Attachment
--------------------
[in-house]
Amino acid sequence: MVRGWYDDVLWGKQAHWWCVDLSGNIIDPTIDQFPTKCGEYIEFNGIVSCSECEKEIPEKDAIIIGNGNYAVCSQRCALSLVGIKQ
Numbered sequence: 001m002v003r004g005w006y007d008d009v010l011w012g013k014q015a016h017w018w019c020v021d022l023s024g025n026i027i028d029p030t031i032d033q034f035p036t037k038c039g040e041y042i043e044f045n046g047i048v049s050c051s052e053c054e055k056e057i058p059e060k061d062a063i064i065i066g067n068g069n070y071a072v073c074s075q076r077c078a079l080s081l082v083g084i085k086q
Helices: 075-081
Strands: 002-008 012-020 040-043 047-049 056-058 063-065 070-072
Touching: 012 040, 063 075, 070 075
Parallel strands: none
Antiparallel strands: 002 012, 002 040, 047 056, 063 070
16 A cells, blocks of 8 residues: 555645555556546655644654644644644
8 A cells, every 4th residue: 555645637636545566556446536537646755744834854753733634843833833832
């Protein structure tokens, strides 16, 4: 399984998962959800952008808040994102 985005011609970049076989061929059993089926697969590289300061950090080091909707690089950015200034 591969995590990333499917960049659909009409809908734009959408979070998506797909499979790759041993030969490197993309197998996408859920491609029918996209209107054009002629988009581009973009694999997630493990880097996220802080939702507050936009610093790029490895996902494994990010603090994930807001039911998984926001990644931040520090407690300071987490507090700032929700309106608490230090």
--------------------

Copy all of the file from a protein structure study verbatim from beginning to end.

[in-house]
Amino acid sequence: MVRGWYDDVLWGKQAHWWCVDLSGNIIDPTIDQFPTKCGEYIEFNGIVSCSECEKEIPEKDAIIIGNGNYAVCSQRCALSLVGIKQ
Numbered sequence: 001m002v003r004g005w006y007d008d009v010l011w012g013k014q015a016h017w018w019c020v021d022l023s024g025n026i027i028d029p030t031i032d033q034f035p036t037k038c039g040e041y042i043e044f045n046g047i048v049s050c051s052e053c054e055k056e057i058p059e060k061d062a063i064i065i066g067n068g069n070y071a072v073c074s075q076r077c078a079l080s081l082v083g084i085k086q
Helices: 075-081
Strands: 002-008 012-020 040-043 047-049 056-058 063-065 070-072
Touching: 012 040, 063 075, 070 075
Parallel strands: none
Antiparallel strands: 002 012, 002 040, 047 056, 063 070
16 A cells, blocks of 8 residues: 555645555556546655644654644644644
8 A cells, every 4th residue: 555645637636545566556446536537646755744834854753733634843833833832
């Protein structure tokens, strides 16, 4: 399984998962959800952008808040994102 985005011609970049076989061929059993089926697969590289300061950090080091909707690089950015200034 591969995590990333499917960049659909009409809908734009959408979070998506797909499979790759041993030969490197993309197998996408859920491609029918996209209107054009002629988009581009973009694999997630493990880097996220802080939702507050936009610093790029490895996902494994990010603090994930807001039911998984926001990644931040520090407690300071987490507090700032929700309106608490230090």